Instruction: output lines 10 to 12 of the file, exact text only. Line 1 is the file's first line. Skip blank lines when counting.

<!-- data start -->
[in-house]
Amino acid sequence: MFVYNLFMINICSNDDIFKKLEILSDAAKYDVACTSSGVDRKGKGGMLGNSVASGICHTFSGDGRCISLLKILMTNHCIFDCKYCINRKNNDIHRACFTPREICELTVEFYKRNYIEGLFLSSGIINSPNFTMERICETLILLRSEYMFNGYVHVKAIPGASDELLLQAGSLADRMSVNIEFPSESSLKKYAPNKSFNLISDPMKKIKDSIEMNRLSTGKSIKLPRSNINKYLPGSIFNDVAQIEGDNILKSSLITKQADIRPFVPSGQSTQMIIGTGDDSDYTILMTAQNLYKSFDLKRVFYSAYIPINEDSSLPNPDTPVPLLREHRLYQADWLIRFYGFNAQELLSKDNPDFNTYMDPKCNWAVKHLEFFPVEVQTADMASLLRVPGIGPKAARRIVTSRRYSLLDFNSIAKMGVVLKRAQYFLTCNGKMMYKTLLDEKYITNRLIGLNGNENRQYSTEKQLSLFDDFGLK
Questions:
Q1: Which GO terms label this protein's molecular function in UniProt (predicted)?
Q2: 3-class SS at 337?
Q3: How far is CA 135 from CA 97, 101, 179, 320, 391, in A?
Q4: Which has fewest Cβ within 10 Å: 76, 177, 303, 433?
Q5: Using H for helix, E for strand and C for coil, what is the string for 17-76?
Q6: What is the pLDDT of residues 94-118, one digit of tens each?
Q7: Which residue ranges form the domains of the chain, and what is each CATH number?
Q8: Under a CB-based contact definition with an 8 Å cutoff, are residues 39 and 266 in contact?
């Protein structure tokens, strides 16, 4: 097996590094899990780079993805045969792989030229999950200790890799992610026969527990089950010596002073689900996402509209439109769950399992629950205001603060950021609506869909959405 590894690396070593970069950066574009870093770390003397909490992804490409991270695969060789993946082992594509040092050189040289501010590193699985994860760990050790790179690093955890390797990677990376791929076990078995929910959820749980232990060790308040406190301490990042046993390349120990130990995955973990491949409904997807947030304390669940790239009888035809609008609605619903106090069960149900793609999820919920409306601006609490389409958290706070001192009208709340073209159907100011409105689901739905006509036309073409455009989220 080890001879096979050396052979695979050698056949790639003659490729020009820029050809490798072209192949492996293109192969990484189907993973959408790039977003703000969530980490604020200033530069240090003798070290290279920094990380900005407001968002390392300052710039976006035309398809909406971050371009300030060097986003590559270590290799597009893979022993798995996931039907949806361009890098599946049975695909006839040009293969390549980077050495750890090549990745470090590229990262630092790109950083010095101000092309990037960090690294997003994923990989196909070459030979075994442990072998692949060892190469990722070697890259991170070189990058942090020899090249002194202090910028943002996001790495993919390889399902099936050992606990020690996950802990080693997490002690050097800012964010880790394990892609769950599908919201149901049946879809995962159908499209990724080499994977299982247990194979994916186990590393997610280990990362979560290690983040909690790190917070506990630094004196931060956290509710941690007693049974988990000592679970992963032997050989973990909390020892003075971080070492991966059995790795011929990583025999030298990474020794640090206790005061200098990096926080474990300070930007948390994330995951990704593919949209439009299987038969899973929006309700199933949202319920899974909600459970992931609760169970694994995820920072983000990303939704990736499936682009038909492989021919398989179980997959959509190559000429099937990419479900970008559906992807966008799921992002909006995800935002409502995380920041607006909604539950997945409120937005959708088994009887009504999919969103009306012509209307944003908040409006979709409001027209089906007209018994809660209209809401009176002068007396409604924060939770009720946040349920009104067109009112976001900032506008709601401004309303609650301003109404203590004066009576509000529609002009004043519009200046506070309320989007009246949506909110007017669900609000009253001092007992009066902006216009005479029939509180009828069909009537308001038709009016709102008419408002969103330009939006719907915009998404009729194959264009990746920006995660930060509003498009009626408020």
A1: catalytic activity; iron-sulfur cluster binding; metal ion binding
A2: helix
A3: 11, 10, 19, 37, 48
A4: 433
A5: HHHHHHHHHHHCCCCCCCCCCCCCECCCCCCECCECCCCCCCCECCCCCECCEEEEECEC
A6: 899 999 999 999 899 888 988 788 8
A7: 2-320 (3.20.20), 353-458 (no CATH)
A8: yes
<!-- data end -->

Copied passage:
Q7: Which residue ranges form the domains of the chain, and what is each CATH number?
Q8: Under a CB-based contact definition with an 8 Å cutoff, are residues 39 and 266 in contact?
């Protein structure tokens, strides 16, 4: 097996590094899990780079993805045969792989030229999950200790890799992610026969527990089950010596002073689900996402509209439109769950399992629950205001603060950021609506869909959405 590894690396070593970069950066574009870093770390003397909490992804490409991270695969060789993946082992594509040092050189040289501010590193699985994860760990050790790179690093955890390797990677990376791929076990078995929910959820749980232990060790308040406190301490990042046993390349120990130990995955973990491949409904997807947030304390669940790239009888035809609008609605619903106090069960149900793609999820919920409306601006609490389409958290706070001192009208709340073209159907100011409105689901739905006509036309073409455009989220 080890001879096979050396052979695979050698056949790639003659490729020009820029050809490798072209192949492996293109192969990484189907993973959408790039977003703000969530980490604020200033530069240090003798070290290279920094990380900005407001968002390392300052710039976006035309398809909406971050371009300030060097986003590559270590290799597009893979022993798995996931039907949806361009890098599946049975695909006839040009293969390549980077050495750890090549990745470090590229990262630092790109950083010095101000092309990037960090690294997003994923990989196909070459030979075994442990072998692949060892190469990722070697890259991170070189990058942090020899090249002194202090910028943002996001790495993919390889399902099936050992606990020690996950802990080693997490002690050097800012964010880790394990892609769950599908919201149901049946879809995962159908499209990724080499994977299982247990194979994916186990590393997610280990990362979560290690983040909690790190917070506990630094004196931060956290509710941690007693049974988990000592679970992963032997050989973990909390020892003075971080070492991966059995790795011929990583025999030298990474020794640090206790005061200098990096926080474990300070930007948390994330995951990704593919949209439009299987038969899973929006309700199933949202319920899974909600459970992931609760169970694994995820920072983000990303939704990736499936682009038909492989021919398989179980997959959509190559000429099937990419479900970008559906992807966008799921992002909006995800935002409502995380920041607006909604539950997945409120937005959708088994009887009504999919969103009306012509209307944003908040409006979709409001027209089906007209018994809660209209809401009176002068007396409604924060939770009720946040349920009104067109009112976001900032506008709601401004309303609650301003109404203590004066009576509000529609002009004043519009200046506070309320989007009246949506909110007017669900609000009253001092007992009066902006216009005479029939509180009828069909009537308001038709009016709102008419408002969103330009939006719907915009998404009729194959264009990746920006995660930060509003498009009626408020």